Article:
The Grand berry of All Berries
Elderberry is the dark purple berry of the European or black elder tree, which grows in the warmer parts of Europe, North America, Asia, and Northern Africa. Elderberry has been used in folk medicine to treat colds and flu. It is promoted as a dietary supplement for colds, flu, and other conditions. There are ongoing studies to see how it can help with the COVID-19 pandemic. Some also say that it may be useful in treating toothache, sciatica, and burns, among other things.
If nature has taught us anything, we depend on it to sustain health, balance and a full healthy life.
What is in the Elderberry?
Many of elderberry's health benefits can be attributed to anthocyanin. As an antioxidant, anthocyanin works by clearing the body of free radicals that damage cells at the DNA level. It has antiviral properties that is believed to prevent or reduce the severity of certain common infections. Elderberry also exerts anti-inflammatory effects, reducing swelling and pain by tempering the body's immune response.
What Are The Studies Saying about Elderberry?
There are continuous studies on the effects of all fruits and vegetables, including Elderberries. This fruit is wildly popular in Europe and other parts of the world outside of America. A 2012 study suggested that elderberry could help prevent influenza infection by stimulating an immune response.5 A 2016 study from Australia reported that, among 312 long-haul airline passengers, those who used elderberry extract 10 days before and five days after their flight had 50 percent fewer sick days resulting from a cold than those who didn't. In addition, passengers who used elderberry had less severe colds based on a scoring of upper respiratory tract symptoms. A 2019 study on elderberry for both cold and flu suggested that the fruit substantially reduced upper-airway symptoms.
Read our article on " Covid19 and Elderberry "
Common Uses of Elderberry and It's Supplements
Have The Flu?
Elderberry juice syrup has been used for centuries as a home remedy to treat the cold and flu, both of which are caused by a virus. The syrup is believed to reduce the severity and duration of the infection if taken within 48 hours of the first symptoms. Some preliminary evidence from small studies supports this claim.
Constipated? Elderberry Can Help
Elderberry tea, made from dried elderberry may act as a laxative in the treatment of constipation. This laxative effect is attributed to a compound in elderberry known as anthraquinone. Found in rhubarb and senna, anthraquinone inhibits the absorption of water in the intestines. This stimulates muscles contraction (peristalsis) to promote clearance of the bowel.
Do You Need Pain Relief?
Anthocyanins in elderberry are known to reduce inflammation. Anthocyanins do so by inhibiting the production of nitric oxide by the body's immune cells. Nitric oxide serves as a signalling molecule that triggers inflammation in response to injury or disease. By tempering this response, pain and swelling may be relieved. Topical elderberry tinctures and salves have long been used in folk medicine to treat dental pain, cuts, bruises, and burns. There are even some who claim that elderberry syrup can treat sciatica and other forms of neuropathic pain.
Medical Information on Elderberry
Alternative practitioners have long promoted elderberry's antioxidant effects. They believe that elderberry can reduce the risk of cancer and heart disease. While we at Rell Brook believe in this there are not enough studies and data back up this belief.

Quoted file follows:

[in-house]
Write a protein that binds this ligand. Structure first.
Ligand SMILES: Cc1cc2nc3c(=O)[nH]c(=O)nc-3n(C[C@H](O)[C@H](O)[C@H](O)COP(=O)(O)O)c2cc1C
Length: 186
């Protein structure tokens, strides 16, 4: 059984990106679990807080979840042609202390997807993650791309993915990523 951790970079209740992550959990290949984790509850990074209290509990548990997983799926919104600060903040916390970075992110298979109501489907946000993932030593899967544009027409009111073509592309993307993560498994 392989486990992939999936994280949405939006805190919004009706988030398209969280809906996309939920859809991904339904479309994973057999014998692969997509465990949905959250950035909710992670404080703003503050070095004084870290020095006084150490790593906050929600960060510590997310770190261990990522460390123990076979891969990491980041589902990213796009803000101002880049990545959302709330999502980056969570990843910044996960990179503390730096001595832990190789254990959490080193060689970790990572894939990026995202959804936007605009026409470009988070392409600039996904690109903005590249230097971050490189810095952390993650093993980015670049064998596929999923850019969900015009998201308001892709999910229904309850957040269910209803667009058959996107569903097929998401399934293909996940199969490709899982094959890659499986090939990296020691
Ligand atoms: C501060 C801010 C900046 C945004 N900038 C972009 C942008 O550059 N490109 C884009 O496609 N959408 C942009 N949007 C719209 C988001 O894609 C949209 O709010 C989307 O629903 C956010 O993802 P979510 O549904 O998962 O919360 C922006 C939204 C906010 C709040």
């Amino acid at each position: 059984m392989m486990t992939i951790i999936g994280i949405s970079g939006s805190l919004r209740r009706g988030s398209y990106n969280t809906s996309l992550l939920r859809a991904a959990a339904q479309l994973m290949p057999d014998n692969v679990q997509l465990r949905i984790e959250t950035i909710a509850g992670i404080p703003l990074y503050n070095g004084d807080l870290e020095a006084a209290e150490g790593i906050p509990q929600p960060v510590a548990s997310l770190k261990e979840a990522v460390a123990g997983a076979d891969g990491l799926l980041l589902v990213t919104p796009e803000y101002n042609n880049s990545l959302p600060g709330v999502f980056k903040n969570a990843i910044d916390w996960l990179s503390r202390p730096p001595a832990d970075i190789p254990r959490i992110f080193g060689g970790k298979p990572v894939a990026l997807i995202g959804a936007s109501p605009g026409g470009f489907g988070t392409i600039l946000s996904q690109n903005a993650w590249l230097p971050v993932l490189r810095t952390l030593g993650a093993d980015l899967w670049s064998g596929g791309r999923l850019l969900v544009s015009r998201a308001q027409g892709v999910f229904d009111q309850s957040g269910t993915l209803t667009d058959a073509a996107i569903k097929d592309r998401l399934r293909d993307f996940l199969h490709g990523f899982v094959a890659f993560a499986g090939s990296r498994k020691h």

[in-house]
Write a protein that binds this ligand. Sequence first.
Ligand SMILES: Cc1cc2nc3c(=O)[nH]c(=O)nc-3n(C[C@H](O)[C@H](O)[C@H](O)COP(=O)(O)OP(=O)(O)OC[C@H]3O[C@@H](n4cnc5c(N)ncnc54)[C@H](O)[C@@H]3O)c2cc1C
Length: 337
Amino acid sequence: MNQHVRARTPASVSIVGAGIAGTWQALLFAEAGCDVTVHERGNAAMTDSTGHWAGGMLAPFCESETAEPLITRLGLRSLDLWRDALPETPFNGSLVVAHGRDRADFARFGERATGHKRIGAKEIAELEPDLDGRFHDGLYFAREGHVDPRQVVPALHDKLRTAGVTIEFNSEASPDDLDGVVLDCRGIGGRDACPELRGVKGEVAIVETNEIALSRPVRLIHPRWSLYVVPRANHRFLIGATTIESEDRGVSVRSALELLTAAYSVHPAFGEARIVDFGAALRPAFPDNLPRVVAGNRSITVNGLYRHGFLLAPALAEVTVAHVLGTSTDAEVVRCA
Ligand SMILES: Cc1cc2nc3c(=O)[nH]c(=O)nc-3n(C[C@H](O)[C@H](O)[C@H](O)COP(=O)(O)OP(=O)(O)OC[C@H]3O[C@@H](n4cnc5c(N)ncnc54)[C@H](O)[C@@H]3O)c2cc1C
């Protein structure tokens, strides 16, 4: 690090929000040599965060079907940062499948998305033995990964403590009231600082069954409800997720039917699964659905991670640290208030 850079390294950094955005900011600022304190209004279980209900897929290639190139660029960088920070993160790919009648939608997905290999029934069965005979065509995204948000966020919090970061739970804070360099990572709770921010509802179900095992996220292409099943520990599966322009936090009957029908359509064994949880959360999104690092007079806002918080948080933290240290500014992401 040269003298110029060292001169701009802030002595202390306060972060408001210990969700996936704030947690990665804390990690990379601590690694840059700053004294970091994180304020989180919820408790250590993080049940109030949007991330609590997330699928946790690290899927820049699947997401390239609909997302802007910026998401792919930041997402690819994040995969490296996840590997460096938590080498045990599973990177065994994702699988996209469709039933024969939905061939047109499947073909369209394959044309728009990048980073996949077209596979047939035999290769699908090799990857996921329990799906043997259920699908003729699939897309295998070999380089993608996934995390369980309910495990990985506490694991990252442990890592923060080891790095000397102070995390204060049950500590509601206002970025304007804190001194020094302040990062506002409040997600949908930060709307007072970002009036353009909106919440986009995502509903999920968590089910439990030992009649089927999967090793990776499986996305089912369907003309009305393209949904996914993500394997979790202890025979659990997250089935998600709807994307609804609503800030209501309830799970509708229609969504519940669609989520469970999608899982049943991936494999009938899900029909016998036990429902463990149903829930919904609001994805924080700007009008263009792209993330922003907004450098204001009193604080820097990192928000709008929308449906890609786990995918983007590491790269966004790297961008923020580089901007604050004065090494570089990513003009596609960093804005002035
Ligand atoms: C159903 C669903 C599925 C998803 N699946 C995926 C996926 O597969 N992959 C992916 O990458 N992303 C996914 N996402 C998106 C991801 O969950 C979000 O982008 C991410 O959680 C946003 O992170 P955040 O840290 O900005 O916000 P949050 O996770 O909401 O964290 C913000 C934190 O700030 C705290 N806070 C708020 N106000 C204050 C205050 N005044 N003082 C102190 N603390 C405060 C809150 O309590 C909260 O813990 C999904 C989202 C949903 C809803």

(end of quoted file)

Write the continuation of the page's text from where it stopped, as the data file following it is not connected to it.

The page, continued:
Are There Side Effects of Elderberry?
Ripe, cooked elderberry fruit is considered safe if consumed in moderation. The overconsumption of elderberries may cause diarrheic, stomach ache, and abdominal cramping due to their laxative effects. If elderberry is used for medicine, only ripe or dried berries should be used. Certain parts of the elderberry plant (including the leaves, root, bark, and stems) contain a type of poison known as cyanogenic glycoside. Even unripe berries contain trace amounts of this, which, if chewed, can release cyanide into the body. Elderberries must be cooked before consuming, as the raw berries can also make you ill. Poisoning from elderberries is rarely life-threatening but may cause nausea, vomiting, diarrheic, dizziness, numbness, abdominal distention, and difficulty breathing. Call your doctor if you experience any of these symptoms after consuming an elderberry extract or unripe fruit. Elderberry is not recommended for children, pregnant women, or nursing mothers. While no adverse events have been reported in these groups, there is not enough data to confirm that it is safe over the long term.
Dosage and Preparation from elderberries
Elderberries have long been cultivated for food and to make natural medicines. The latter are available in many forms, including syrups, teas, capsules, gummies, tonics, tinctures, and topical ointments. The ripe berry is tart and typically sweetened (like cranberries). Treatment should start no later than 48 hours of the first appearance of symptoms. However, there are no universal recommendations as to the appropriate dosage to treat specific medical conditions. While we, at Rell Brook wholeheartedly believe in the amazing benefits of Elderberry, it is not a substitute for seeking medical care.
Remember guidelines on elderberry by FDA
Elderberry-based medications are classified as dietary supplements by the U.S. Food and Drug Administration (FDA). Under this classification, they are not meant to be sold or marketed as a treatment for any medical condition.
Don’t rely on elderberry or other dietary supplements for prevention or treatment of COVID-19. Always consult with your healthcare provider when feeling ill
You can read more about elderberry related blogs and articles on our blog page.